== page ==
US operator Verizon followed on the heels of rivals AT&T and T-Mobile US when it shut down its 3G CDMA network at year-end 2022, three years after initially announcing a closure.

A Verizon representative told Mobile World Live (MWL) the operator started actively decommissioning its 3G network in 2016 but extended the shut off date from 2019 to the end of 2022 “in order to care for our customers and give them every effort to minimise disruptions to their service as they moved to newer and more advanced technologies”.

That outreach included proactively communicating through billing messages, digital and traditional outreach as well as sending some customers updated devices.

By contrast, AT&T announced that it phased out its 3G network in February 2022 while T-Mobile shut down its 3G UMTS network 1 July of the same year.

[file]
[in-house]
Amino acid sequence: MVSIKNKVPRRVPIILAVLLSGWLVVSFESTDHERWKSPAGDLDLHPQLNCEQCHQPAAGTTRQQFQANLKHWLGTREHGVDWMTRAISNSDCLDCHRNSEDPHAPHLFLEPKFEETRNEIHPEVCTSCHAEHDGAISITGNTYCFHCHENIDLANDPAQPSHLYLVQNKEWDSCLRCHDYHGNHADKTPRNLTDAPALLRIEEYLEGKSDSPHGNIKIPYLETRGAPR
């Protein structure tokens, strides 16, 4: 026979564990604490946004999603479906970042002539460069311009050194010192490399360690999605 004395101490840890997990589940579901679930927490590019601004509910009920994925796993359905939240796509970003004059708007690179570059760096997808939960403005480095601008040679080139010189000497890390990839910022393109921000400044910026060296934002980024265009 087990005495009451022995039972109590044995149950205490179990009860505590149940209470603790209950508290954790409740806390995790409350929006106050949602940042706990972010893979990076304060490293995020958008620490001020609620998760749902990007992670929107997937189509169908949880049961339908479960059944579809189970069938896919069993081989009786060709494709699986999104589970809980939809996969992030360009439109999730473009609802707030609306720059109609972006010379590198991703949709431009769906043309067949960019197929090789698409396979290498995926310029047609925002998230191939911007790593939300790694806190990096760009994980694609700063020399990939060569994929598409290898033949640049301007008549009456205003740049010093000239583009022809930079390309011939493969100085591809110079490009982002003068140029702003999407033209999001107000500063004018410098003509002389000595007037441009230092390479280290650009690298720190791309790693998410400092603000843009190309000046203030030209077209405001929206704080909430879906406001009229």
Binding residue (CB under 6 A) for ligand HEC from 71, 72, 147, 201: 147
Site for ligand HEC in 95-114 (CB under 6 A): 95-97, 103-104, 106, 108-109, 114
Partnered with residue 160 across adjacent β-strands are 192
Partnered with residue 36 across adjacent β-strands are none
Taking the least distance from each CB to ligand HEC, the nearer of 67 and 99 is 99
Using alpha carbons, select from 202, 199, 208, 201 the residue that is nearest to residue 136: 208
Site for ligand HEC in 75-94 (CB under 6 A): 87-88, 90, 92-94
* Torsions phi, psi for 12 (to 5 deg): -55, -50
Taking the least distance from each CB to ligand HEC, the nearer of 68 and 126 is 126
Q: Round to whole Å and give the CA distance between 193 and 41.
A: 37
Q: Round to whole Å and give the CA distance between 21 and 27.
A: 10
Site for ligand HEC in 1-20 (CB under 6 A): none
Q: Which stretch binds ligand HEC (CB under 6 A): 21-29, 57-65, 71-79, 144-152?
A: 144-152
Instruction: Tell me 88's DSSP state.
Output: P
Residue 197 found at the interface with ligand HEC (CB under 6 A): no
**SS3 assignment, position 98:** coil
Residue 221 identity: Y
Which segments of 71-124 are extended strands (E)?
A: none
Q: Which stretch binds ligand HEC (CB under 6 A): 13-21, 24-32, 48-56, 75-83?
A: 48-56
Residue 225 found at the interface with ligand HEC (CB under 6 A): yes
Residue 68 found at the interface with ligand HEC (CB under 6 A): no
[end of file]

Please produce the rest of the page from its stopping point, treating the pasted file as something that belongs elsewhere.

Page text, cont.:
T-Mobile finished closing down Sprint’s 3G CDMA network by 31 March last year while Sprint’s 4G LTE network was shuttered by 20 June.

T-Mobile announced in December it had refarmed 1900MHz spectrum used in 3G and 4G to improve speed and performance on its Ultra Capacity 5G service.

Verizon attributed subscriber losses in Q2 and Q3 last year for its prepaid MVNO TracFone service to competitors closing down their 3G networks, but the operator’s representative stated those customers are in the process of being moved to the operator’s 4G network.

Dish Network executives blamed the shut down of T-Mobile’s CDMA network for the loss of 343,000 Boost Mobile customers in last year’s Q1. Dish Network and MVNO host T-Mobile were mired in a dispute about the timeline for the CDMA shutdown for more than a year.

Additional operators, such as Cricket, Boost Mobile, Straight Talk, and several Lifeline mobile service providers, used AT&T, Verizon, and T-Mobile ‘s 3G networks.